Buried for years due to rights issues, Deep End is probably the best swinging London film you’ve never seen.
Directed by Jerzy Skolimowski (the recent Essential Killing), it’s an unnervingly playful, primary-coloured tale of twisted adolescent love in a crumbling public baths – and it’ll charm and creep you out in equal measure. “He held a mirror up to the ’60s – but he tilted it a bit,” as the overly exhaustive 74-minute Making Of has it.
Like fellow countryman Polanski (for whom he co-wrote Knife In The Water) Skolimowski’s outsider’s eye is equally keen to black humour and horror. Here we find both in teenager Mike’s (John Moulder-Brown) tragic infatuation with co-worker Susan (Jane Asher).
This moody, jittery movie is saturated with the notion of sex, its fluid hand-held camerawork sliding round the perving men and frustrated women who haunt the baths, stoking the mounting obsession of our sweet-faced hero.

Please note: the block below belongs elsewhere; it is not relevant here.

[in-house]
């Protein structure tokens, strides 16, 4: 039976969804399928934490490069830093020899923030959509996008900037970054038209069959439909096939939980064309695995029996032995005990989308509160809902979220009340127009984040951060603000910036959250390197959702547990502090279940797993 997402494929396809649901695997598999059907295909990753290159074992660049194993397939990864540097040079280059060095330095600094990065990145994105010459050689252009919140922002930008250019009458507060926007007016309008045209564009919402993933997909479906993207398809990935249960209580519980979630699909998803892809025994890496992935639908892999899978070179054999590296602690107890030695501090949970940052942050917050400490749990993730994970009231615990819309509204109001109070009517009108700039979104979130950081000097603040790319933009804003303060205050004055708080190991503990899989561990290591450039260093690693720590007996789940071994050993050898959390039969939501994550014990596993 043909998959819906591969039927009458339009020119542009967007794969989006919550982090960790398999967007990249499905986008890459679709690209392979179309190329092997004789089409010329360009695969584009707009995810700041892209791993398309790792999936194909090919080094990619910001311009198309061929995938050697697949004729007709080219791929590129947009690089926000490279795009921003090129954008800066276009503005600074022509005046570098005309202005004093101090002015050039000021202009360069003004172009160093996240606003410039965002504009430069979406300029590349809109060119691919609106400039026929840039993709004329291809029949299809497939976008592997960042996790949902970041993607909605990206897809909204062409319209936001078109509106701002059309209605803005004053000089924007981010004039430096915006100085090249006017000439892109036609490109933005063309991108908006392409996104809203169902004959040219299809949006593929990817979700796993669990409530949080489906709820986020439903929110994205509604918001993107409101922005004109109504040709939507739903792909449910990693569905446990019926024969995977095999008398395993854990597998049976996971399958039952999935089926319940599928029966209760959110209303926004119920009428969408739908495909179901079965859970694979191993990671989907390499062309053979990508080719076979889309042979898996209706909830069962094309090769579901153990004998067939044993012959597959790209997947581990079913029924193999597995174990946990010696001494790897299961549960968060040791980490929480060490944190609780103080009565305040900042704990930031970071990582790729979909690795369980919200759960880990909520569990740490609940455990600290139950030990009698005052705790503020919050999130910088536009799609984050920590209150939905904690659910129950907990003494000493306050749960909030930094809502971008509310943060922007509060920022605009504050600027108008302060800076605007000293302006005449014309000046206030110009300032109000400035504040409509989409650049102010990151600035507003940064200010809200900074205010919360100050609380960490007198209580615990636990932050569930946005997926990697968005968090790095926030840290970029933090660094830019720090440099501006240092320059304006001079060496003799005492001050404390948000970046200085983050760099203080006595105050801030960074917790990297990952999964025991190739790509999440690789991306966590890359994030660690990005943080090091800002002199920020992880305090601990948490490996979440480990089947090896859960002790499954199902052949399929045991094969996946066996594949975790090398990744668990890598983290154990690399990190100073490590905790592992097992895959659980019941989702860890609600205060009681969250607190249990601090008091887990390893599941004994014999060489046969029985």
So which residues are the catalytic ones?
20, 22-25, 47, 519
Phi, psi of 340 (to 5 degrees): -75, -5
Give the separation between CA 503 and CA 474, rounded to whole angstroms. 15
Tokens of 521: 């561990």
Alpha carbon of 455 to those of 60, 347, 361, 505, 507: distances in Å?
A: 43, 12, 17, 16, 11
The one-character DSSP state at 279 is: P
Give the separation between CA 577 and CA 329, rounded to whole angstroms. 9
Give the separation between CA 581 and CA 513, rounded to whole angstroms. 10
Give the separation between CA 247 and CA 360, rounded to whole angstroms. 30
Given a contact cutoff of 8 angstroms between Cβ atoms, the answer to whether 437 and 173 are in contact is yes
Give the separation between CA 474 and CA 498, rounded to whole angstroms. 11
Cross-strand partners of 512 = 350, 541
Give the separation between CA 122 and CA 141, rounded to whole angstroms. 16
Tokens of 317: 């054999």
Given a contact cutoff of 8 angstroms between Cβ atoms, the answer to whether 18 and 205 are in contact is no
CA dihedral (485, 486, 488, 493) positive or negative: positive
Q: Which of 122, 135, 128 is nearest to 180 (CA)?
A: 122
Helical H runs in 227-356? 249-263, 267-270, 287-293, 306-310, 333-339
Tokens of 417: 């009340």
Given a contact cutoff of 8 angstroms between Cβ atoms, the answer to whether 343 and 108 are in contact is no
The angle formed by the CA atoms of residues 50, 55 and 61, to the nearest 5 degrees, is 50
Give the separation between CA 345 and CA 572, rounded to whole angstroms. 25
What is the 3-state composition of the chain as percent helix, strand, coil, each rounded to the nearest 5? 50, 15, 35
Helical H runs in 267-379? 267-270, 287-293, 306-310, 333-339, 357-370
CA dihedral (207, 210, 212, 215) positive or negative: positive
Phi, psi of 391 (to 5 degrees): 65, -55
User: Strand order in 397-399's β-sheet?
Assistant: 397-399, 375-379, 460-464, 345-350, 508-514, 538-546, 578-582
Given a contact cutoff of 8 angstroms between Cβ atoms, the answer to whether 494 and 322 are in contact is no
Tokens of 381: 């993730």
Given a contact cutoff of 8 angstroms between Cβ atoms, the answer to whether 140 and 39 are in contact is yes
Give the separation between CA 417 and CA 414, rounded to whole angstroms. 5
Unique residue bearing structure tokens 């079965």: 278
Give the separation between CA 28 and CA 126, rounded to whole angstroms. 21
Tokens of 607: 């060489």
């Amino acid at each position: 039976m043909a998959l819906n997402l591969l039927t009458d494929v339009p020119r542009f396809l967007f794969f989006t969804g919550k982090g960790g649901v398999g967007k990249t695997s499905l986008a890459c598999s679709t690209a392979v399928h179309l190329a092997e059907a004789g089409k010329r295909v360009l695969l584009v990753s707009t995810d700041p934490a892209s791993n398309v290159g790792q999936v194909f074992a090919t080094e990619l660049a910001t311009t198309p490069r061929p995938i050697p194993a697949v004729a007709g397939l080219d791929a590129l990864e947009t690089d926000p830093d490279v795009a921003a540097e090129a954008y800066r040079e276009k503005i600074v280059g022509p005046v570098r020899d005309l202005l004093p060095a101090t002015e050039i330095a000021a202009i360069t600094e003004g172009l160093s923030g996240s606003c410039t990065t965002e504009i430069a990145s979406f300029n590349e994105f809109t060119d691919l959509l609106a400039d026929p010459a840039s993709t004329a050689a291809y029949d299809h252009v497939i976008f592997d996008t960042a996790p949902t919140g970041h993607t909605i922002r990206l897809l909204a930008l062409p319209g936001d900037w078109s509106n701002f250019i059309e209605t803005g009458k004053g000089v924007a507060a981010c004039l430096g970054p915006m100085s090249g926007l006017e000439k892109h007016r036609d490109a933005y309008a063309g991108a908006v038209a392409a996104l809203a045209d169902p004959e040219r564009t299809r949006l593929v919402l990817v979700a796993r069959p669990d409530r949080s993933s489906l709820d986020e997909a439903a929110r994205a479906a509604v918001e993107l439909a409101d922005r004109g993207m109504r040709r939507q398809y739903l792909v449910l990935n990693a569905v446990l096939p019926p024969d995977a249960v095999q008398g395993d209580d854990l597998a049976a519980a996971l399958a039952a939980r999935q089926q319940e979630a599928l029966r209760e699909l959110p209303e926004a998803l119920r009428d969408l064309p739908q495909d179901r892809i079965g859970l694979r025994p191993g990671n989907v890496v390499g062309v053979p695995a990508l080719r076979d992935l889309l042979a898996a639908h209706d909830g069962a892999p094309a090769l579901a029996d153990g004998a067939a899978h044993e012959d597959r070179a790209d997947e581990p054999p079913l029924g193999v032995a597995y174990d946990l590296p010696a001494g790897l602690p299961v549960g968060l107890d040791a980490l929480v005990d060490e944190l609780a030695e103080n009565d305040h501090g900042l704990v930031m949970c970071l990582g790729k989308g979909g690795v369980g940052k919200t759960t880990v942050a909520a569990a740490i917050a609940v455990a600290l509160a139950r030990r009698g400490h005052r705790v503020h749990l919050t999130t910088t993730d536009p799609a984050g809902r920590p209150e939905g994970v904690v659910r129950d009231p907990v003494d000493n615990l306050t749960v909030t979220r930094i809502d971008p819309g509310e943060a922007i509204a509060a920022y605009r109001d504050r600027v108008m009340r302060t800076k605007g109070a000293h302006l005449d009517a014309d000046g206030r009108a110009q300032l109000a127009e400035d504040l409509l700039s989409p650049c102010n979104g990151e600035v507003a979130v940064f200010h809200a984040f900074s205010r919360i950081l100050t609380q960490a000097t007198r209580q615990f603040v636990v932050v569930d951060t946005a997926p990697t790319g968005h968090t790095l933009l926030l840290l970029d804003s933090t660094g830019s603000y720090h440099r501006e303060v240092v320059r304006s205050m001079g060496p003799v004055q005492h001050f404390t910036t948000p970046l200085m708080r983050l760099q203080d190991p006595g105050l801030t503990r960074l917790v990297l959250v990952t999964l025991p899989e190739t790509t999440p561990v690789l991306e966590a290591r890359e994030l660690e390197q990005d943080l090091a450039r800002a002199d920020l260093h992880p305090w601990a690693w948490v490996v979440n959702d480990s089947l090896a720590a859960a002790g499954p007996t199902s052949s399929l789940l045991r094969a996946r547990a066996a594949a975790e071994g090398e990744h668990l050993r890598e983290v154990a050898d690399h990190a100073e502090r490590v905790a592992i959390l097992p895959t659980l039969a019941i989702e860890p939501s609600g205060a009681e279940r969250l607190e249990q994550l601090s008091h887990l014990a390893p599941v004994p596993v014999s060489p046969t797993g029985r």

When he’s stalking Susan through porn-plastered Soho and glimpsing her in a peep-show poster, Deep End suddenly becomes a surreally sleazy take on Vertigo.
For those who only know Asher as a cake-brandishing national treasure, her body-baring, gold-digging performance here is a revelation. There’s also a wonderfully gamey cameo from Diana Dors, as a heavy-breathing housewife who sexually assaults Mike.
But as a drop of blood introduced in the opening scene merges into a dribble of paint, or an underwater swim with a cardboard cut-out lover morphs into a flesh-and-blood love scene, it’s Skolimowski’s striking and sinister images that pack the real punch.
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